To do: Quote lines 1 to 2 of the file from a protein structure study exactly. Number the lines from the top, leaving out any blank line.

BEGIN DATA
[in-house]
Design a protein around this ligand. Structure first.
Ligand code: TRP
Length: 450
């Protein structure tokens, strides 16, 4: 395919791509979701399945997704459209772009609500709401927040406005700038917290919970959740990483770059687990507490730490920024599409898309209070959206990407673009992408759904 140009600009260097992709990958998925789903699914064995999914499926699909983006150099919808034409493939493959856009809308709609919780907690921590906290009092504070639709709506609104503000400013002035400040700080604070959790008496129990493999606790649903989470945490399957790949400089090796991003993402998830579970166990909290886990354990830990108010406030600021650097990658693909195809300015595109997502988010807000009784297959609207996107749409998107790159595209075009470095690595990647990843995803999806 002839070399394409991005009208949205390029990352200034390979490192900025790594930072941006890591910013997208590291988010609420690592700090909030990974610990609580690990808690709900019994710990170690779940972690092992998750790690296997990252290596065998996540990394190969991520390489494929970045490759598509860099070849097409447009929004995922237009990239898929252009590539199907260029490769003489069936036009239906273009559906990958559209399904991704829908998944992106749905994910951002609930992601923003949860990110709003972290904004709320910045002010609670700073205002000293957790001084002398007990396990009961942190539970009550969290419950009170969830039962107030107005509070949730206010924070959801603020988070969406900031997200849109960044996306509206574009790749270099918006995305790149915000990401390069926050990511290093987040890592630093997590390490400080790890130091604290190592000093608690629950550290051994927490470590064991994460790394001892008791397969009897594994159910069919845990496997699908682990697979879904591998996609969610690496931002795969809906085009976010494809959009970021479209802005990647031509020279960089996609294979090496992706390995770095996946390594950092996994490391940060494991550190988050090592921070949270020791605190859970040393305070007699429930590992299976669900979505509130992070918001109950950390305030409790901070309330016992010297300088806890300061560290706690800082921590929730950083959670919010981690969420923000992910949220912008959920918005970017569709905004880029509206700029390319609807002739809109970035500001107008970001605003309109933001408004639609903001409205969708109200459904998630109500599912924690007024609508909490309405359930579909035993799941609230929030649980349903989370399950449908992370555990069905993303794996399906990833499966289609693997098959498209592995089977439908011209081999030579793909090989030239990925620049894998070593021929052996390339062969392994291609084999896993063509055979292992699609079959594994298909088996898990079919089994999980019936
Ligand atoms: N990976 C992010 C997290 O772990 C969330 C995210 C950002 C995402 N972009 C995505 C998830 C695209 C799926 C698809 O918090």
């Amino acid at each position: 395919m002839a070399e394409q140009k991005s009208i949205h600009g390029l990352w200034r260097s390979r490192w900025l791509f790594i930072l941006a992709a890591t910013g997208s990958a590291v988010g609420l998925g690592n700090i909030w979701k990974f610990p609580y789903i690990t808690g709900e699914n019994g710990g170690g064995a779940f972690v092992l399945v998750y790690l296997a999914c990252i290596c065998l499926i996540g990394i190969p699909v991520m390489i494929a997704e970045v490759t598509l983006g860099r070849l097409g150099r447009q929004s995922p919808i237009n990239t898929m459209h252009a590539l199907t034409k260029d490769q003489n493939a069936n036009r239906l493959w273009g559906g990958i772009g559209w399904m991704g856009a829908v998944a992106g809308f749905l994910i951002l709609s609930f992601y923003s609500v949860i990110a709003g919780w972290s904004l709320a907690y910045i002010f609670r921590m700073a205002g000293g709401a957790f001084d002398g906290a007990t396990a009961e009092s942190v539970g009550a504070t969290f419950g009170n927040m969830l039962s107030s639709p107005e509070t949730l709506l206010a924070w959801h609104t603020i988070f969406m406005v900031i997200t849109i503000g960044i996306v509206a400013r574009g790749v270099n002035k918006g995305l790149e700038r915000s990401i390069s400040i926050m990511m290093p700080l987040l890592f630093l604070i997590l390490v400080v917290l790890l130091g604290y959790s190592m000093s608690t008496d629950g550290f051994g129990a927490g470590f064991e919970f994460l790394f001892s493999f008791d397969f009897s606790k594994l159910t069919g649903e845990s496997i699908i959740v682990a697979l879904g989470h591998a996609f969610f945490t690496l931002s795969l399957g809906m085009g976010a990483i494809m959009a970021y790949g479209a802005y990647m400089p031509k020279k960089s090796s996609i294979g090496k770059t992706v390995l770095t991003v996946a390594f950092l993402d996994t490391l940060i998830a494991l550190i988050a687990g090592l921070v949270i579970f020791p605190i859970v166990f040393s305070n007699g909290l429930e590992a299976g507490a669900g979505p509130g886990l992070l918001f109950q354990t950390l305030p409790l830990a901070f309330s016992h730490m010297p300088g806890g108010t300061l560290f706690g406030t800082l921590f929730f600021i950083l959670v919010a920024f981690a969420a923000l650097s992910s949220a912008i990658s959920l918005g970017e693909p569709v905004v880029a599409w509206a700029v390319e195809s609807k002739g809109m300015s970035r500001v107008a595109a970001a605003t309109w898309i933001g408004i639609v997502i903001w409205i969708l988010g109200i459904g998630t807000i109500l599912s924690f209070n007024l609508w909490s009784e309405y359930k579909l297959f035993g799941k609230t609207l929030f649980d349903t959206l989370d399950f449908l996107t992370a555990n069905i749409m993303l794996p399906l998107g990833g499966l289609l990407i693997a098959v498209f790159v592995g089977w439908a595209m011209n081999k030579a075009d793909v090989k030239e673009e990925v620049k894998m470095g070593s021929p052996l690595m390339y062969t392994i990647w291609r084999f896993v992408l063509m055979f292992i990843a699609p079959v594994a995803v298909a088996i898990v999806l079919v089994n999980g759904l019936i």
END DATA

[in-house]
Design a protein around this ligand. Structure first.